Aphids can rain on the parade of even the most masterful gardeners; luckily, there’s still hope for your garden! Acting quickly will be important to get these creatures under control.
If you have aphids in your garden, you’re going to need some help. This is the ultimate guide for one of the most well-known garden pests. We’ll provide you with everything there is to know about aphids and how to get rid of them for good.
Aphids belong to a superfamily that is known as Aphidoidea. There are approximately 5,000 different species in this family, with approximately 400 of them found on food and crops. When it comes to agriculture and forestry, aphids can cause some serious issues with their huge numbers and serious appetites.
In temperate regions, the aphid is easily one of the most destructive pests and therefore the least pleasing to see. They are distributed worldwide, so almost everyone knows the plight of the aphid. However, they are most commonly seen in temperate regions.
One of the ways that these pests have managed to travel so far is simply through strong winds. The pests have the ability to reach as high as 2,000 feet, where they can be picked up by very strong winds and taken to new locations.
Humans can also be partially blamed for their wide distribution, mainly through the transportation of crops and plants that have already been infested.
Physical Attributes of the Aphid
Naturally, with so many different species of the aphid, not every kind looks the same. Aphids come in a wide range of colors and shapes, but they are all working towards the same goal.
The body of the aphid is soft and can be seen in green, pink, black, brown, or clear. You will see two distinct antennae on the head of an aphid, usually dark in color. Additionally, they only have one pair of eyes that are set on either side of the head.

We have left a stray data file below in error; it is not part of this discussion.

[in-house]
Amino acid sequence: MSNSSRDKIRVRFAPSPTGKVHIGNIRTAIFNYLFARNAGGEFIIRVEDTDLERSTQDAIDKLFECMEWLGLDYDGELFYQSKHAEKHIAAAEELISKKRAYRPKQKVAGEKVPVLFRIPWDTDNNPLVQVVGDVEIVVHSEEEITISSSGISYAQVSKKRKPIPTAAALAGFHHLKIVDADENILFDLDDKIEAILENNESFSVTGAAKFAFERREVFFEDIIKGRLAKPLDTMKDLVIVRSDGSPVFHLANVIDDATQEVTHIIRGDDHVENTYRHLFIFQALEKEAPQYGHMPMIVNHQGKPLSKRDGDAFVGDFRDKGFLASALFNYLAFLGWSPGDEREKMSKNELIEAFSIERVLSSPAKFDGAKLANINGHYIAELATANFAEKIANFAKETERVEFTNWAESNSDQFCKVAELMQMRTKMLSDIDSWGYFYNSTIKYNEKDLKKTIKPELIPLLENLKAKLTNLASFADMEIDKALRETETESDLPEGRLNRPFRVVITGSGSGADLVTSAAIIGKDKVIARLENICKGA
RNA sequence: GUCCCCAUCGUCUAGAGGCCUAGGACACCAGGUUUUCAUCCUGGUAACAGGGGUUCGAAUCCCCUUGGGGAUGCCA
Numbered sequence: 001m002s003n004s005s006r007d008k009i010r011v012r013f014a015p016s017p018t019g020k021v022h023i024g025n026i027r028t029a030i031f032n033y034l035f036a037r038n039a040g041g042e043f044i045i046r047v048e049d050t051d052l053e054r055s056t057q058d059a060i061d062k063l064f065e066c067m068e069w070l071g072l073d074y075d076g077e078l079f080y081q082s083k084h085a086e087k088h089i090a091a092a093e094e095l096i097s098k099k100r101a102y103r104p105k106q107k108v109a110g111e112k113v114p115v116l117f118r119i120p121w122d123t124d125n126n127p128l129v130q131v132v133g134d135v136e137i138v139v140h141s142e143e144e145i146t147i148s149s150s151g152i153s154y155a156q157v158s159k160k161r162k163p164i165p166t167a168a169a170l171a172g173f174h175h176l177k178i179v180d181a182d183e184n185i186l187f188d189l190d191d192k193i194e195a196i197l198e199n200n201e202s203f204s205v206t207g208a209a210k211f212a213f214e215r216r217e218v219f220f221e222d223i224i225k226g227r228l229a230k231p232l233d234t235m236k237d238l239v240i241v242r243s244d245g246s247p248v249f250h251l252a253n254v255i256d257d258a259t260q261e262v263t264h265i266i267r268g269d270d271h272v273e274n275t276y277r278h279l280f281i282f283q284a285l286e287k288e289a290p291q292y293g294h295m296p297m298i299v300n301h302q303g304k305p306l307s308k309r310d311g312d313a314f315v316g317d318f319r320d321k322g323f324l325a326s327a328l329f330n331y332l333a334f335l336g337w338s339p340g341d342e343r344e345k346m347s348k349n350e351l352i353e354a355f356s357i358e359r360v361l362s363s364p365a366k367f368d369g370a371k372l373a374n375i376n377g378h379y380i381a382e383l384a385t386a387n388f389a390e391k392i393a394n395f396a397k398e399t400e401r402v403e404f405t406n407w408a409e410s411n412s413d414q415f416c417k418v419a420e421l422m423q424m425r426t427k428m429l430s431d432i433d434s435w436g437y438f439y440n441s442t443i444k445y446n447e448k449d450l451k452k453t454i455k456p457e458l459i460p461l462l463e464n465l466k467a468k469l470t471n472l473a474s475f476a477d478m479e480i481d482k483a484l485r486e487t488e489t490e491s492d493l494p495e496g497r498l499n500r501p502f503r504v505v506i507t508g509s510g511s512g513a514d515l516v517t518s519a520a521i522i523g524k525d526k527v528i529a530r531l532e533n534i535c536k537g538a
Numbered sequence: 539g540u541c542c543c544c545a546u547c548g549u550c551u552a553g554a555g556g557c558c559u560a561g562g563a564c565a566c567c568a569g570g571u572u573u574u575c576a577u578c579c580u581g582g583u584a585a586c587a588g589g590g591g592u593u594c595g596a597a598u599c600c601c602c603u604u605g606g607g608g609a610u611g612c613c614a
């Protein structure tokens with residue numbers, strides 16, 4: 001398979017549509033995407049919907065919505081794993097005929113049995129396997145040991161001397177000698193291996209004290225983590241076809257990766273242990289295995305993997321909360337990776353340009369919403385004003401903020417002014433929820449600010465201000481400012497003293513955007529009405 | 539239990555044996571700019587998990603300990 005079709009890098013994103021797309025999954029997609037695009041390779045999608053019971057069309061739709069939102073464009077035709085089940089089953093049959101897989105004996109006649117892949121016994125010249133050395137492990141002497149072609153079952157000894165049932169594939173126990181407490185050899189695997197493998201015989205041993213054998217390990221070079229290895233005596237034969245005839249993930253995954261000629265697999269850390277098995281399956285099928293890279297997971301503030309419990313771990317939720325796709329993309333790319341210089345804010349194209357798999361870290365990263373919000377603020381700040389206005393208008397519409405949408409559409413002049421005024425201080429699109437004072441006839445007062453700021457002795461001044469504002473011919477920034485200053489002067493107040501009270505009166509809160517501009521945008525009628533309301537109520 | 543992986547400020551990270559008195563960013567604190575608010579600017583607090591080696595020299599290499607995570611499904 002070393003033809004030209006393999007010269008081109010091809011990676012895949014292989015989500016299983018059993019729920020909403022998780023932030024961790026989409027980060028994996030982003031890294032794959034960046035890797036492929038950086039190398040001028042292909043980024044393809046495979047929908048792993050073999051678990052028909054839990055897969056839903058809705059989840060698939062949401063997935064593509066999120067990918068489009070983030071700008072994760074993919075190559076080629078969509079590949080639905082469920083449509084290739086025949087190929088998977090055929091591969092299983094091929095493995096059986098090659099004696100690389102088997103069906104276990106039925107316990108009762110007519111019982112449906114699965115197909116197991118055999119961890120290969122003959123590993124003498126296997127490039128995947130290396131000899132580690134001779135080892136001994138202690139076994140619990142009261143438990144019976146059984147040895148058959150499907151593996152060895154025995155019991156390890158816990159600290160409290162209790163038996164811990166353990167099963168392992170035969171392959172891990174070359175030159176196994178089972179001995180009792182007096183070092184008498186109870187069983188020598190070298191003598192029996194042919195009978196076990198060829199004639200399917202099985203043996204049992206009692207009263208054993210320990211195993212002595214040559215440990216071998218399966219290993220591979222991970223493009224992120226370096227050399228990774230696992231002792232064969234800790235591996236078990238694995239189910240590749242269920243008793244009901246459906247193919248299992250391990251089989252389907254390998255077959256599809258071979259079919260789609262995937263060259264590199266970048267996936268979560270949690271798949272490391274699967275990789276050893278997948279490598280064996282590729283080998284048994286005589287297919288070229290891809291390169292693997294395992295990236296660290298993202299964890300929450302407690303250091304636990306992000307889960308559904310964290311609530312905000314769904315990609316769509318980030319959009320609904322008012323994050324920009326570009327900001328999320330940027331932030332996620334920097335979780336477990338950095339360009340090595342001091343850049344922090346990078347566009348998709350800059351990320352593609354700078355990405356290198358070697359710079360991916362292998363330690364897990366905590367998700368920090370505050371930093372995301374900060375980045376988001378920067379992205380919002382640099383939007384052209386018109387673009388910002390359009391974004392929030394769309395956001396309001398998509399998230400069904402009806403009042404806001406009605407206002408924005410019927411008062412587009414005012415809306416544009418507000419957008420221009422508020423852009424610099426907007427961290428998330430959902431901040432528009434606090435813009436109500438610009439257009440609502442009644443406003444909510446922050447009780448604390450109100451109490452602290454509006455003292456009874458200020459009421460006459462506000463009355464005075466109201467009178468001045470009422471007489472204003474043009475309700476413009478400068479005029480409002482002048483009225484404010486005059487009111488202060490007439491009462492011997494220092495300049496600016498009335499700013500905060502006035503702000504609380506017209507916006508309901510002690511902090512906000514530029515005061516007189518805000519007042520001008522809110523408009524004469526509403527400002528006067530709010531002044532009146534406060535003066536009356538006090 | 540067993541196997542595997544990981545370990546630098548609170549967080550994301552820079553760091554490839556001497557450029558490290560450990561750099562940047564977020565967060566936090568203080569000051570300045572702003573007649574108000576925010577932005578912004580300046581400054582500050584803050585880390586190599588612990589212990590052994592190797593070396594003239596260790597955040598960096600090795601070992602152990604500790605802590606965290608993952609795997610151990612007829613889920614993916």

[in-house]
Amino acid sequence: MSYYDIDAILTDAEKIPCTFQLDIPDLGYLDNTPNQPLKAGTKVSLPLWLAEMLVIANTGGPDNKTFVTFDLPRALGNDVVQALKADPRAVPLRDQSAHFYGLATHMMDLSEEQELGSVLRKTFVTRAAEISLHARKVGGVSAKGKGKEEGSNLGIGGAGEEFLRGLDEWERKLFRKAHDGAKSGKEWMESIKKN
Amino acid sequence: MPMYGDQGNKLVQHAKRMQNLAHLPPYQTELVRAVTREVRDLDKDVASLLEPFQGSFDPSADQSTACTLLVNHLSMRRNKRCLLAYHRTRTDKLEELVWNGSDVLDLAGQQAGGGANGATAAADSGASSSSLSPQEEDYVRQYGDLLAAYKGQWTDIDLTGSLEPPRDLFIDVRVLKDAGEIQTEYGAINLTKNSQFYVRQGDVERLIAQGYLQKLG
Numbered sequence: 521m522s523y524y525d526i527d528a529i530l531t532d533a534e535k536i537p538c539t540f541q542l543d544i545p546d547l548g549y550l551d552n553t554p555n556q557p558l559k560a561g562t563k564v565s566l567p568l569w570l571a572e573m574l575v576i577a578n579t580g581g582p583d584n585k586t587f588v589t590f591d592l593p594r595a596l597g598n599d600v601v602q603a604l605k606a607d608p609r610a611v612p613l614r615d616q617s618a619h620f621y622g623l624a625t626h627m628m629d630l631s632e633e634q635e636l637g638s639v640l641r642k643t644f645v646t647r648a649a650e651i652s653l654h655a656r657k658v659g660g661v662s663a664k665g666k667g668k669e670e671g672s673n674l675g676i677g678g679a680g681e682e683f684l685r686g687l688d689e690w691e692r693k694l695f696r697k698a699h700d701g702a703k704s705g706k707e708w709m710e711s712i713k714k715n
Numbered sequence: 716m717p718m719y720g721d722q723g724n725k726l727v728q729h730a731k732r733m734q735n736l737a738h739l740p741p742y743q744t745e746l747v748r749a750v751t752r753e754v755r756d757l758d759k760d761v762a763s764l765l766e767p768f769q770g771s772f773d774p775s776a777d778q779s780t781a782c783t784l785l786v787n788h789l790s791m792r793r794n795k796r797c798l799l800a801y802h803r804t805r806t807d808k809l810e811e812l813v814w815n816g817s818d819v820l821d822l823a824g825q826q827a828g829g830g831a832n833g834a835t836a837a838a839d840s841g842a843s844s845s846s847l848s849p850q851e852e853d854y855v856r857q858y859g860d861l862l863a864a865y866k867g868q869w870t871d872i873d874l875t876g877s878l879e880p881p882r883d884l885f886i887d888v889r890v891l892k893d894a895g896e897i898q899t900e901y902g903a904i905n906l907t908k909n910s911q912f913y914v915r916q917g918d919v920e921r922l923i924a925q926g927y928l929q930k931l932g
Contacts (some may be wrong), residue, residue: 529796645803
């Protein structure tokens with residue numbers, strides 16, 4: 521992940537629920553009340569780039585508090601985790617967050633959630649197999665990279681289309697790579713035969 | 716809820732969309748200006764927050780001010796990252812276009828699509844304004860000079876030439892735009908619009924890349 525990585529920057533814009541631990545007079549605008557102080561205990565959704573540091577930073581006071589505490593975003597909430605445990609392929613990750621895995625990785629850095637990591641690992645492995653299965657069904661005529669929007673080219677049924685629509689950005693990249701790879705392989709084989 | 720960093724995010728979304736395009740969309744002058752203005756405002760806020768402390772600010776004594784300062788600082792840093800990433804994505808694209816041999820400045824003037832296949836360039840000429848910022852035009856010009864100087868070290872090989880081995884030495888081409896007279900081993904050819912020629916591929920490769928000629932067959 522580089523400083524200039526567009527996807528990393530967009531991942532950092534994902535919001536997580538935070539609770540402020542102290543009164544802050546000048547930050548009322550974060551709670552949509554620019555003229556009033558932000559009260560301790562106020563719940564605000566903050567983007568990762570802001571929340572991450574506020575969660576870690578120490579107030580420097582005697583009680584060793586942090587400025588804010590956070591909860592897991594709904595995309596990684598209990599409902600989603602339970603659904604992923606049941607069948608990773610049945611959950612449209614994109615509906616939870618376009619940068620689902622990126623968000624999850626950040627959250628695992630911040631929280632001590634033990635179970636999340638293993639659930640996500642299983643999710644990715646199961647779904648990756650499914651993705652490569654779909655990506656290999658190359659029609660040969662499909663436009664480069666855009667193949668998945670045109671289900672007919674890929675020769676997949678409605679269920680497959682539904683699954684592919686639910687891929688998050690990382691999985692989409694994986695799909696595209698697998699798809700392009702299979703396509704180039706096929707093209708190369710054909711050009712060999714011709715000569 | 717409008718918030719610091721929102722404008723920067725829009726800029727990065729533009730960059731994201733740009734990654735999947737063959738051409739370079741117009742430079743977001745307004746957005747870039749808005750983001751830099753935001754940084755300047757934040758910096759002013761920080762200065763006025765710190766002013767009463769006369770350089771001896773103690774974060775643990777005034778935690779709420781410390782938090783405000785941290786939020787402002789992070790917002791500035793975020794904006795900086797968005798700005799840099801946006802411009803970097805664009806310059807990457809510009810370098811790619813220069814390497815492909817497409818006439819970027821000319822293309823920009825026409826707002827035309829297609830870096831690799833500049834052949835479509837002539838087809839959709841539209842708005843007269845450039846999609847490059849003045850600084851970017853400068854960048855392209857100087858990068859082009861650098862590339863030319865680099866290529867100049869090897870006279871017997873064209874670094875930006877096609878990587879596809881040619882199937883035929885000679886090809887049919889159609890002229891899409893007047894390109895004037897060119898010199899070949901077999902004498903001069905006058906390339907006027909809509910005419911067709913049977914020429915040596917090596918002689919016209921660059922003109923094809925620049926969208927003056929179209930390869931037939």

One of the main features of aphids is their mouthparts, which are known as stylets. This part of the body is what they use to suck out the sap of crops and plants.
The legs of the aphids are long and thin with two joints. In most cases, gardeners will notice that aphids are wingless; however, many species will breed winged aphids at specific times of the year.
On some occasions, host plants will begin to die or run out of their food source for the aphids. In these instances, it is also common for winged offspring to occur so that the new insects will be able to relocate to a fresh supply of sap.
The Aphid’s Diet
The various species of aphids have different preferences when it comes to what they like to eat. In some cases, aphid colonies will only ever feed on one type of plant, which is referred to as monophagous.
Other aphids are a little less picky and will be happy to feed on thousands of different plants throughout the year. Approximately ten percent of all aphid breeds will feed on various plants throughout their lifetime. Naturally, these are the aphids that are harder to get rid of, since they are happy to move from one plant to another if any sort of insecticide has been used.